Arkansas River: Instream flows up with the end of winter water storage program

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From the Pueblo Chieftain (Chris Woodka):

There was a big jump in flows Friday, because of tests of the river outlet at Pueblo Dam. Flows briefly reached nearly 1,100 cubic feet per second because of engineering studies related to Southern Delivery System, Roy Vaughan, the Bureau of Reclamation’s local manager, said. “We were running a test to calibrate a model of the river gate and find the maximum flow,” Vaughan explained. The river gate, located on the north side of the dam, is where Colorado Springs is proposing to build a North Outlet Works as part of SDS.

The Arkansas River quickly returned to average levels over the weekend, with about 300 cfs flowing through Pueblo and 576 cfs at the Avondale gauge, where the river is joined by flows from Fountain Creek and other tributaries…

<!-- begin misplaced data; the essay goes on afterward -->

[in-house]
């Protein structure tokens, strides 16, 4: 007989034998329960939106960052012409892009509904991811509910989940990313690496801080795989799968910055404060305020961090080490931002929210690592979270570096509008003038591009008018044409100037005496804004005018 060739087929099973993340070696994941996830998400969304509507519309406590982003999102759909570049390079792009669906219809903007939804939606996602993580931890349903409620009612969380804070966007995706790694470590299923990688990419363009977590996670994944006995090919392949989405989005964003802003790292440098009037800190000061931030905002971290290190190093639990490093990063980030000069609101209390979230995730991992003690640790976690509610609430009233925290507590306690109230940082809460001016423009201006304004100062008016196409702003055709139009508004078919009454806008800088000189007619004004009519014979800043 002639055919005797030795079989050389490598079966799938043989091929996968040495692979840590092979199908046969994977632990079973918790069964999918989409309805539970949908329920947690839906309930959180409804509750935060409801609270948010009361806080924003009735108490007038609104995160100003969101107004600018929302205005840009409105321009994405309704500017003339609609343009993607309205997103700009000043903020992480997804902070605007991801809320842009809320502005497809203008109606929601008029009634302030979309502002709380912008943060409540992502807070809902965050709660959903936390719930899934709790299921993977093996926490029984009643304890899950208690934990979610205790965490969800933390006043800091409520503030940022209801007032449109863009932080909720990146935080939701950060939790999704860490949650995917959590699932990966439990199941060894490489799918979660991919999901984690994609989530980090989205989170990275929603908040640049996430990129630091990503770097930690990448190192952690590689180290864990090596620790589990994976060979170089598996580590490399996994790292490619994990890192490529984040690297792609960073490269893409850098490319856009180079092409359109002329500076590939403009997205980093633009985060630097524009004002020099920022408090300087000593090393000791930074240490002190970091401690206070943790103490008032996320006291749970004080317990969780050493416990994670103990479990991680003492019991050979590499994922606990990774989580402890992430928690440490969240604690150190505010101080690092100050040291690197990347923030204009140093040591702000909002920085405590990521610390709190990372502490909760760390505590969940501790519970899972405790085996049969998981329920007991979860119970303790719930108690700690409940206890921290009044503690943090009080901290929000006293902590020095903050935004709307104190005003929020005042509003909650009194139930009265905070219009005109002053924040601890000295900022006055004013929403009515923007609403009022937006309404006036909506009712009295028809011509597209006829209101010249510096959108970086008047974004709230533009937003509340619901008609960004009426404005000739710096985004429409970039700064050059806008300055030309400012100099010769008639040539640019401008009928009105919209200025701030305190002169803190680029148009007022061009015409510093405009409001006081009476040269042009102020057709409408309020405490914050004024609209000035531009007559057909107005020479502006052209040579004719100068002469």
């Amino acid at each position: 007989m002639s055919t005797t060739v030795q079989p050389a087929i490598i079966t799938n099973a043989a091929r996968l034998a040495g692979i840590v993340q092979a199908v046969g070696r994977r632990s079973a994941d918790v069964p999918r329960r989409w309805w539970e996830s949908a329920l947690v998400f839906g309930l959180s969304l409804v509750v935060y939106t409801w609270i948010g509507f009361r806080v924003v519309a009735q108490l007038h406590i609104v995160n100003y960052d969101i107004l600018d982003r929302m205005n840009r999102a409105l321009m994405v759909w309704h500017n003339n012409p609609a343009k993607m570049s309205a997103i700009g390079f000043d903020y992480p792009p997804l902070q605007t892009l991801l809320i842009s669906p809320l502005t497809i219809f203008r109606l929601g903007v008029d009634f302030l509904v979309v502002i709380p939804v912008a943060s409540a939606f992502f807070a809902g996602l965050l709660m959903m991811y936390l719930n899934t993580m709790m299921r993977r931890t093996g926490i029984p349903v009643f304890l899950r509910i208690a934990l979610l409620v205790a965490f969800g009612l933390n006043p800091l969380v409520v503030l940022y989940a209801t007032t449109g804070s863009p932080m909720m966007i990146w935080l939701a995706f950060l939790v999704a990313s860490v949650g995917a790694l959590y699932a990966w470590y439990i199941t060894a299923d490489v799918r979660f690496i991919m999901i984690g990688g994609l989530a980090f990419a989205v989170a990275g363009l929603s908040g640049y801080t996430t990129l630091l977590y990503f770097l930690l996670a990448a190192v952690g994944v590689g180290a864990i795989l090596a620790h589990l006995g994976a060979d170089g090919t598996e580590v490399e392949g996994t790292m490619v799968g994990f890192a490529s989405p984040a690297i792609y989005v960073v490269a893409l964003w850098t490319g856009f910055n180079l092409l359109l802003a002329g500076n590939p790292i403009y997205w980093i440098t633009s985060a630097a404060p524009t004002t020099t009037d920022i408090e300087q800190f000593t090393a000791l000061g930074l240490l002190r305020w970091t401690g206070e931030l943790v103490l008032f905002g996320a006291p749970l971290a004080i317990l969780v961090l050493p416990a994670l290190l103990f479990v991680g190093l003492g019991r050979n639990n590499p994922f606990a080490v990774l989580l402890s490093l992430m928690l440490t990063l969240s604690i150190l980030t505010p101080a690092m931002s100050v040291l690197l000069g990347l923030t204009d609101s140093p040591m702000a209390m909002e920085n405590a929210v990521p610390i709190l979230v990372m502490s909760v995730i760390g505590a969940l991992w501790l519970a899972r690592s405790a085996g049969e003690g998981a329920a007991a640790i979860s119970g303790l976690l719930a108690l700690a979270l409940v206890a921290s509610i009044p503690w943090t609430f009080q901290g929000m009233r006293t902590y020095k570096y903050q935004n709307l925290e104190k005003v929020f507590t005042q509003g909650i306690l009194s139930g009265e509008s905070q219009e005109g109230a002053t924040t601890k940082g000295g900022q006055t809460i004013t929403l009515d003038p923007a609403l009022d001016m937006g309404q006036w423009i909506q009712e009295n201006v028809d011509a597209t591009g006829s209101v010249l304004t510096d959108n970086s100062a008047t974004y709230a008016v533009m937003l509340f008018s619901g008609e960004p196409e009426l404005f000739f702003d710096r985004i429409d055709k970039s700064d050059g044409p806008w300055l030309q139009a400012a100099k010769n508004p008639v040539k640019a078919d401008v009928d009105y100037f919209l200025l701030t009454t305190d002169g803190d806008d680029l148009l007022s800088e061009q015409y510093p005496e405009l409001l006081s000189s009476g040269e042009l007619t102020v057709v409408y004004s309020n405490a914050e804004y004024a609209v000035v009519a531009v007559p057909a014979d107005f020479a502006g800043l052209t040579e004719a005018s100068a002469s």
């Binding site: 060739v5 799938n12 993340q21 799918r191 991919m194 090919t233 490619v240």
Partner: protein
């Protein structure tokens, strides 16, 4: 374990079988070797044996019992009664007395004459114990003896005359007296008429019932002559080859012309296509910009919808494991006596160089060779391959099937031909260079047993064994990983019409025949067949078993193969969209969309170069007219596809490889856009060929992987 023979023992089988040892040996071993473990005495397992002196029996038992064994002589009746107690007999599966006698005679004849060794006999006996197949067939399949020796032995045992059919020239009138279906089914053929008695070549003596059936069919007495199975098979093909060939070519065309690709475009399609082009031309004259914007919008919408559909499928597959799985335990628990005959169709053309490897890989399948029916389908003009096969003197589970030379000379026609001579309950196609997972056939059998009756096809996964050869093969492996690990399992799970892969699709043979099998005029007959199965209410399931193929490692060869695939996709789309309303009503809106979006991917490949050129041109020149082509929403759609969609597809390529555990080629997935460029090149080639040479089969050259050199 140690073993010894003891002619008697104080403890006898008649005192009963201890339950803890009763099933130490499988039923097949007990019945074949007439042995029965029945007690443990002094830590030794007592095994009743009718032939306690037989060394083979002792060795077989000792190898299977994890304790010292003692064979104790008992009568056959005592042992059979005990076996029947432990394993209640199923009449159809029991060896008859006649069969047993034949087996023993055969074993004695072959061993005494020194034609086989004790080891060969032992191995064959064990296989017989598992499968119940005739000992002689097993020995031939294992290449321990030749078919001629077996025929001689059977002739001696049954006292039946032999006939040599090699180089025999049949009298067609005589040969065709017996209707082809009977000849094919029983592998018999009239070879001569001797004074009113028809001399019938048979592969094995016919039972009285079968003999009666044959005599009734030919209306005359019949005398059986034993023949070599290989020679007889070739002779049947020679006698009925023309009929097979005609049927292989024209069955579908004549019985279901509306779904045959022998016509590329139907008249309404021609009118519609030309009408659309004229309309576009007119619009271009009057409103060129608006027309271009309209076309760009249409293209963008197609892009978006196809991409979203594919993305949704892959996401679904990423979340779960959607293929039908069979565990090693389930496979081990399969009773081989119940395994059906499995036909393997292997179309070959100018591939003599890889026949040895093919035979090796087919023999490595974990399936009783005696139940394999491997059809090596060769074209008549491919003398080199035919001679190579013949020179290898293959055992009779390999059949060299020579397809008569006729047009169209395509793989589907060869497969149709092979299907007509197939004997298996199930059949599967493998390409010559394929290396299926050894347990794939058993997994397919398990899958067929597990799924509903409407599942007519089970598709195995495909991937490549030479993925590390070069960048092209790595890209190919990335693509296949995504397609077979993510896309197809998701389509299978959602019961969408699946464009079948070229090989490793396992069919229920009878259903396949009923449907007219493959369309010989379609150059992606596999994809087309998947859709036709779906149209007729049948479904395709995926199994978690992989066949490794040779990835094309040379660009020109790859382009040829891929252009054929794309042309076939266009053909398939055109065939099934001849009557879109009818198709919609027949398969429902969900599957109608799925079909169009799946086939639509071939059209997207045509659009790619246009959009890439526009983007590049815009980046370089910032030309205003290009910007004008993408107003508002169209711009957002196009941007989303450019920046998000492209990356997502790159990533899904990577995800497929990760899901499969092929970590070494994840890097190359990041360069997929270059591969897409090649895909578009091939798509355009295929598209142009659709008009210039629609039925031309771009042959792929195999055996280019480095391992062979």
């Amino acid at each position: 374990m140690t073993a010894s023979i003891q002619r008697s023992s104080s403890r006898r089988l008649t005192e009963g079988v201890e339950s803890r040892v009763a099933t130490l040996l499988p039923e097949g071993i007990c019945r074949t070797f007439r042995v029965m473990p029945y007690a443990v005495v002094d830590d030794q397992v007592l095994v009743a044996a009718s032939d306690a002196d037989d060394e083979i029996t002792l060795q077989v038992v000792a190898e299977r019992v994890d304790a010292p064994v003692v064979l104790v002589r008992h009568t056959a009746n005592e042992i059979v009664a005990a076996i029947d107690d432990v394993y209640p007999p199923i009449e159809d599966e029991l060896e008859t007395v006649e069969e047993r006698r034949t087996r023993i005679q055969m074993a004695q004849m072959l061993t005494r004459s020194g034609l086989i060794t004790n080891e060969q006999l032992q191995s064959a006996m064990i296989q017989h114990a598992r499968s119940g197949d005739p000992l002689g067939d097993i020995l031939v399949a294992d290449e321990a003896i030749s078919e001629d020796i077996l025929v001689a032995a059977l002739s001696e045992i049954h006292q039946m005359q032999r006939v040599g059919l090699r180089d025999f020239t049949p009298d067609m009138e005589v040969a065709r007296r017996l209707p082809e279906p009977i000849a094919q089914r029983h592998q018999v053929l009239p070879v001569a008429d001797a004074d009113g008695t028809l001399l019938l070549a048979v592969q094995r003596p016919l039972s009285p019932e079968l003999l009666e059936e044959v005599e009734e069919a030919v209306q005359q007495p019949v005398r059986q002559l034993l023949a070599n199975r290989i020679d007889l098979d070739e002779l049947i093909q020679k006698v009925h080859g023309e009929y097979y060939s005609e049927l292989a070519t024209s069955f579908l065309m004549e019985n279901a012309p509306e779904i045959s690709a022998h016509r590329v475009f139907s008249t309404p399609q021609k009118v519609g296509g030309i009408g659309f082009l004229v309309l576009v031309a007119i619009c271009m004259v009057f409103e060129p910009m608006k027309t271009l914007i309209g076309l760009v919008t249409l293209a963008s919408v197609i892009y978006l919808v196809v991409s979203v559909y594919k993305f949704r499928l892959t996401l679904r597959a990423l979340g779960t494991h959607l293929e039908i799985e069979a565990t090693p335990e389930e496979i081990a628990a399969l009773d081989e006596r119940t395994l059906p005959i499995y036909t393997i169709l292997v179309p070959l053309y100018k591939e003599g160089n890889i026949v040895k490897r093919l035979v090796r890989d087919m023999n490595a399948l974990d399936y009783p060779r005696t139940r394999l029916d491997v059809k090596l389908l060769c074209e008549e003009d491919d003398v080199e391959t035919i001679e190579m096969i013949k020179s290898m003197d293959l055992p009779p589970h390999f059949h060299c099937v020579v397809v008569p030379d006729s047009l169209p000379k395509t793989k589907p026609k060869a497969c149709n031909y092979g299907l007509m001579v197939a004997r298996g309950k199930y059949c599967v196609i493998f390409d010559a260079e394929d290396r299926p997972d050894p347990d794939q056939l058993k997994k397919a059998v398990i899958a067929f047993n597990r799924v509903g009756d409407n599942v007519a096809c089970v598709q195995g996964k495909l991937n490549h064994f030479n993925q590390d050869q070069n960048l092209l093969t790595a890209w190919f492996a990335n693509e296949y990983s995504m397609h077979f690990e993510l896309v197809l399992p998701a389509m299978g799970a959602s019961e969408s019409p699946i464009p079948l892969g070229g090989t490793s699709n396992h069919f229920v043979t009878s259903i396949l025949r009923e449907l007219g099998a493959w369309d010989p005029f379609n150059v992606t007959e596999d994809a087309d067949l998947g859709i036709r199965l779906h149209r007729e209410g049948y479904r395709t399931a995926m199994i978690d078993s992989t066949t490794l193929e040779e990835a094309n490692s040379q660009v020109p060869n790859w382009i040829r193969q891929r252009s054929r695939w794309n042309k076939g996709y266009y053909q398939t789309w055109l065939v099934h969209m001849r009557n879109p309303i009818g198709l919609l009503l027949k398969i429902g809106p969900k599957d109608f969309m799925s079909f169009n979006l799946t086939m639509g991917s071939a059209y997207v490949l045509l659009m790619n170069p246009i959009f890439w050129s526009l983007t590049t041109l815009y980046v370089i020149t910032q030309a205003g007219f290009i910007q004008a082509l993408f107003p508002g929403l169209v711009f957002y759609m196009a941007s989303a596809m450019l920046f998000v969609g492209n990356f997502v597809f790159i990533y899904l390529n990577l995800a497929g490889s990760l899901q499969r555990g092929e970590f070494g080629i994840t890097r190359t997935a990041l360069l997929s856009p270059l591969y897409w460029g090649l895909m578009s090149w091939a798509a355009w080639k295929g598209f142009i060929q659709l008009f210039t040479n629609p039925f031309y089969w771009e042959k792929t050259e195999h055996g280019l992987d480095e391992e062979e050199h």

Although the Eastern Plains are in need of rain and have entered a moderate drought, nearly everything else about the Arkansas River watershed is average. The winter water storage program stored about 145,000 acre-feet, which is slightly above the 20-year average. Lake Pueblo was storing about 245,000 acre-feet of water Monday, which is about 11,000 acre-feet shy of capacity. The Bureau of Reclamation plans to move up to 9,000 acre-feet of water into Lake Pueblo from Turquoise and Twin Lakes this month in order to free up space in the mountain reservoirs…

In the mountains, the snowpack is at average levels statewide, ranging from 90 percent in the South Platte River basin to 110 percent in the Colorado River basin. The Arkansas River basin was at 105 percent of average on Monday, while the Rio Grande was at 107 percent. Snowpack in all basins is considerably lower than at this time last year, and generally found at elevations above 9,500 feet.

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